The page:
Illustration: Aïda Amer/Axios

CRM ("customer relationship management") software is how salespeople keep track of their targets. Now "personal CRM," which applies the same techniques to personal relationships, has become one of the hottest app categories in Silicon Valley, with three companies pursuing it in accelerator program Y Combinator’s most recent class.

Why it matters: Techies are drawn to optimizing and managing all aspects of their lives, from finances to health, so it’s no surprise they’re looking to do the same with their relationships with other people.

Mostly, people are looking to keep track of work-related acquaintances and other so-called “loose ties,” like friends-of-friends.

  • Many are using apps like Airtable or Notion they're already using at work to create spreadsheets for this purpose.
  • There's also a number of web and mobile apps for this, including Dex, one of the companies that just finished Y Combinator’s program, which bills itself as a tool to "turn acquaintances into allies." It lets users keeps records of acquaintances and get reminders to contact them.
  • "People are having broader and broader networks that are more professional connections," Dex founder Kevin Sun told Axios. "Loose ties are increasingly important as well," he added, noting he's not intending Dex to be used for someone's family and friends.
  • In networking-heavy industries like tech and venture capital, social encounters often overlap with professional relationships — that friend of your friend could be your next investor or employee.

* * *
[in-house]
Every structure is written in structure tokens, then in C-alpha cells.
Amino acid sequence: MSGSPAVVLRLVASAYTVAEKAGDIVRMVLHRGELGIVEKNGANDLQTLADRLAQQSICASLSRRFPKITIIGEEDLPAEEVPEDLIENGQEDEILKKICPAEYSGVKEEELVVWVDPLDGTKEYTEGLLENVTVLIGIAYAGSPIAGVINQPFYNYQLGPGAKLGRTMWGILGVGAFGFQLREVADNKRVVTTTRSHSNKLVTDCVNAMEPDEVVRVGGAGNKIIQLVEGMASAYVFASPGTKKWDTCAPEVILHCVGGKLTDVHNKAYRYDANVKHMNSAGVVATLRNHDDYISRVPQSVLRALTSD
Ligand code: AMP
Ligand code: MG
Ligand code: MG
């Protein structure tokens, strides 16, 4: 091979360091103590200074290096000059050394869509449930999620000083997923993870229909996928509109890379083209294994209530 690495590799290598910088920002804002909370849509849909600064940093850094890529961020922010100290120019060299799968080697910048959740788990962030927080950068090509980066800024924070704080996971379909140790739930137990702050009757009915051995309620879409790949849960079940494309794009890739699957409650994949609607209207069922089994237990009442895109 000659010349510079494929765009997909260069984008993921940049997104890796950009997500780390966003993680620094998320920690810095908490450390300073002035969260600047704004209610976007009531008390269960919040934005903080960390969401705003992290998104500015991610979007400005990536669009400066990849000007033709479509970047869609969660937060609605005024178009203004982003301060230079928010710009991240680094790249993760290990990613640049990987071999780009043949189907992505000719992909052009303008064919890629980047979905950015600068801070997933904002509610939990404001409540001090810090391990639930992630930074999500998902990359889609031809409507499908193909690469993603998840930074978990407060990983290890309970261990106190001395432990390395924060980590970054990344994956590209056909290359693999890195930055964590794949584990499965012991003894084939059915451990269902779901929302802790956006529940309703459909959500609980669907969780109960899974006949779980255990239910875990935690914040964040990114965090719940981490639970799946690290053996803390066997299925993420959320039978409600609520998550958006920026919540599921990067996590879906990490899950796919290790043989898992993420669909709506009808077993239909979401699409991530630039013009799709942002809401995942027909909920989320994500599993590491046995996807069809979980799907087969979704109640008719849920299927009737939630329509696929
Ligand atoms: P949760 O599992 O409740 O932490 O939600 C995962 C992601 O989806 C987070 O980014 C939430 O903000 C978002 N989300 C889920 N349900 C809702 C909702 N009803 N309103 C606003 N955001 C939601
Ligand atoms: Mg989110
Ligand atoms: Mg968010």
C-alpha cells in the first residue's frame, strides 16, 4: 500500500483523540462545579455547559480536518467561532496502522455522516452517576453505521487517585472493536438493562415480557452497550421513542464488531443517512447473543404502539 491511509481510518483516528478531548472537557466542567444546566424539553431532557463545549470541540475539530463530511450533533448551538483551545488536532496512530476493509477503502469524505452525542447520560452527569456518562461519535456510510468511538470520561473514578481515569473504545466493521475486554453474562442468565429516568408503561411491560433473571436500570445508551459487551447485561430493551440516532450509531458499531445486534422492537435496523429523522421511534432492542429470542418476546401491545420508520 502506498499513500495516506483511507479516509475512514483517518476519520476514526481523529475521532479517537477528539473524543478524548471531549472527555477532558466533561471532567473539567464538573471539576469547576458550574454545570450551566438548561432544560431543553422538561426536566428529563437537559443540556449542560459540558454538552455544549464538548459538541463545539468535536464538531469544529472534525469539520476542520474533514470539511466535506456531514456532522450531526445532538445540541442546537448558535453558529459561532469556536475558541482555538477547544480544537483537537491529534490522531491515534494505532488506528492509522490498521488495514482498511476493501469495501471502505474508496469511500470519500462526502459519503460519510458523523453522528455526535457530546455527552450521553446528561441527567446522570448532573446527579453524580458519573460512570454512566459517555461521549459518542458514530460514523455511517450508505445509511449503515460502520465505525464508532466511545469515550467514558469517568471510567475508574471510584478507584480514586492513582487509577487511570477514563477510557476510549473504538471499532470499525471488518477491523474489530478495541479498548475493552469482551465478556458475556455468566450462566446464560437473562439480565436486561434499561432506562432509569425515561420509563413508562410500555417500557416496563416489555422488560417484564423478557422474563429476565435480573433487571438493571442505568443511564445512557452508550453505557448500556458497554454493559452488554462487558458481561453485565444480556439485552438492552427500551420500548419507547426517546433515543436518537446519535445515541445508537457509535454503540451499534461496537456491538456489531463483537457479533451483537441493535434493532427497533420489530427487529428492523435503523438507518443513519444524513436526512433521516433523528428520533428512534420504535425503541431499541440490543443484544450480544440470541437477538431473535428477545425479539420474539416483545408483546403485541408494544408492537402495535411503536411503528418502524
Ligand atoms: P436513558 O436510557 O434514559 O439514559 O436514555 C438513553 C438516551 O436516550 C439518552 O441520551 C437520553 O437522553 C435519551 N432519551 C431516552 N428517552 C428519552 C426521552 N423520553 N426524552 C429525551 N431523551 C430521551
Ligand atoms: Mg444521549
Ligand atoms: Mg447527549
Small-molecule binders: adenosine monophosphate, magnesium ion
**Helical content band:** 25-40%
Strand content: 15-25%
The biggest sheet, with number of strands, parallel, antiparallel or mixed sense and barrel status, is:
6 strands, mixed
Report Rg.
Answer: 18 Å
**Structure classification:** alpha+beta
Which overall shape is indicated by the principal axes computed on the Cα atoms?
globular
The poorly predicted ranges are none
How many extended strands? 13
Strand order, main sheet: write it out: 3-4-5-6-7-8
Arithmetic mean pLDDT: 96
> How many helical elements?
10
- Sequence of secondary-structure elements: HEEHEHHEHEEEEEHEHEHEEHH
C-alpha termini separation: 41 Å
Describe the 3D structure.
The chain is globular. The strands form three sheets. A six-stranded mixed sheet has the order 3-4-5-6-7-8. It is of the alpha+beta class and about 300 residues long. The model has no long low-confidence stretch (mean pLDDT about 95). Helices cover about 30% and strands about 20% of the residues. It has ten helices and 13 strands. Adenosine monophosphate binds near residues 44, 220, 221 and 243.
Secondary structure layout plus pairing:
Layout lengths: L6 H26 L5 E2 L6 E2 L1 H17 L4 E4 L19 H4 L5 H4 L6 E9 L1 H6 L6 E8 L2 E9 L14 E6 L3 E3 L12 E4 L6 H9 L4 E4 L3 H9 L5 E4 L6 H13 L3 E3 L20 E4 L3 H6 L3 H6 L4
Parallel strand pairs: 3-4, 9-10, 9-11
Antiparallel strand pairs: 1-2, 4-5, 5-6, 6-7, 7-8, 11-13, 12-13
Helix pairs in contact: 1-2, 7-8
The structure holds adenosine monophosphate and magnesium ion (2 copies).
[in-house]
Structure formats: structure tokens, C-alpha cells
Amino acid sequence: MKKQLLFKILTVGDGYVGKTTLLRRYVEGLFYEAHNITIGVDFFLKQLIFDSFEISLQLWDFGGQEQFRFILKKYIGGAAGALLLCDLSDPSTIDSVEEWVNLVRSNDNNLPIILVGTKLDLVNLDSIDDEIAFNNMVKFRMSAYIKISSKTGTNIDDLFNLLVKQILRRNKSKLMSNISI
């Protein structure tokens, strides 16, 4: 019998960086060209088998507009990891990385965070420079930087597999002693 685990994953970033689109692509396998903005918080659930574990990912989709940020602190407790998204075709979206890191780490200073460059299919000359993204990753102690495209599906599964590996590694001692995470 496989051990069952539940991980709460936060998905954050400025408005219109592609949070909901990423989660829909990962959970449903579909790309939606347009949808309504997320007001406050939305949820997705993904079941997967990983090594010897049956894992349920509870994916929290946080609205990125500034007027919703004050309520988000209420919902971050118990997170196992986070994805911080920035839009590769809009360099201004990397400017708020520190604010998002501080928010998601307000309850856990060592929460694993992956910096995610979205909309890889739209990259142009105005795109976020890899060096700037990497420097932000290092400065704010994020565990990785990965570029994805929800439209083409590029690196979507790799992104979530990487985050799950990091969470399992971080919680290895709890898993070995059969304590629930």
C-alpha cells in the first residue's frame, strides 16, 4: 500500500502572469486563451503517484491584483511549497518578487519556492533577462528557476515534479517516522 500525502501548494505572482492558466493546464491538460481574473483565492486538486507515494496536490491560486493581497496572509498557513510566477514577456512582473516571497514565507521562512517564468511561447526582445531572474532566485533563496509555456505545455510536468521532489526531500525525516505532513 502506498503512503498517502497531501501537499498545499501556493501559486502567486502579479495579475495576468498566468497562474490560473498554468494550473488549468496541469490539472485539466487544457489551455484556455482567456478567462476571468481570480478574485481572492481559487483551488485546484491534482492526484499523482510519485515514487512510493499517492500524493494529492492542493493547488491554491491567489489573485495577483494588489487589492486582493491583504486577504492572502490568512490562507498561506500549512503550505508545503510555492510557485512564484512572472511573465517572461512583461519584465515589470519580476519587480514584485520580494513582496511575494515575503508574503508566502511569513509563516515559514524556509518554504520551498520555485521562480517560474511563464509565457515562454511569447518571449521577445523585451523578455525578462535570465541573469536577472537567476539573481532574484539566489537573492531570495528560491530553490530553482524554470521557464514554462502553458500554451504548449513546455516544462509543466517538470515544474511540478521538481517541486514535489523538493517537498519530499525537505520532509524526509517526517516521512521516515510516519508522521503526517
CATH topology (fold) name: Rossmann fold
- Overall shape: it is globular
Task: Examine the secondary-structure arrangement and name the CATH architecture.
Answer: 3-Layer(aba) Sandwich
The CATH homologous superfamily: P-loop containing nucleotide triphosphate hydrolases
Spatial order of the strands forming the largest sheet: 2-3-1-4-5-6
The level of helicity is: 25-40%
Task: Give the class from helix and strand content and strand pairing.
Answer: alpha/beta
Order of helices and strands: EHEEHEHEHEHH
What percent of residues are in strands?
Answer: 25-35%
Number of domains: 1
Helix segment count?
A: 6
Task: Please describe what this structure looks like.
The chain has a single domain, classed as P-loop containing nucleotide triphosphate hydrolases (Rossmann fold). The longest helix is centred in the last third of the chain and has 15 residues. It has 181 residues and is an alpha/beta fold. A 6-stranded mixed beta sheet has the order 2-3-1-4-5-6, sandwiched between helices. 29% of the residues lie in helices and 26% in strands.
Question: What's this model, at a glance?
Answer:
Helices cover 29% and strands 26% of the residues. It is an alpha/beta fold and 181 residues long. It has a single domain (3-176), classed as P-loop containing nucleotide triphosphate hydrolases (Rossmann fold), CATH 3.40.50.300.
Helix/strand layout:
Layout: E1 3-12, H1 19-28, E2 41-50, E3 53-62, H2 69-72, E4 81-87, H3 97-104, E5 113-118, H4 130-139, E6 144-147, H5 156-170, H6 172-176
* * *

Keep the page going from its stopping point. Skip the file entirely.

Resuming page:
The other side: The founders of Irish startup Monaru, a recent graduate of Y Combinator whose service is for managing users’ relationships with loved ones, say using such apps is a sign of deep care for these relationships.

  • Monaru focuses on the user's closest 10 to 15 relationships, like family and best friends, and provides suggestions like gifts and restaurant selections based on those loved ones' tastes.
  • Making the effort to keep track of friends and family's preferences and important dates via an app shows that someone cares enough to not want to miss anything and get reminders to plan ahead so gifts and activities are thoughtful, Monaru's founders (and Twitter users) told me.

The big picture: Each of these apps is doing, in part, some of the things that Facebook was originally intended for. Now that so many people use Facebook for everything from reading and sharing the news to arguing about politics — and others have lost trust in it thanks to its privacy problems — entrepreneurs see an opportunity to rethink its core mission of connecting people.

My thought bubble: There's something deeply unsettling about the idea that a friend is reaching out only because an app reminded them to — it's hard to believe they truly care about you.

  • But perhaps it's not so bad if you feel secure in that relationship — and at least this way your friends will always be armed with appropriate restaurant recommendations.

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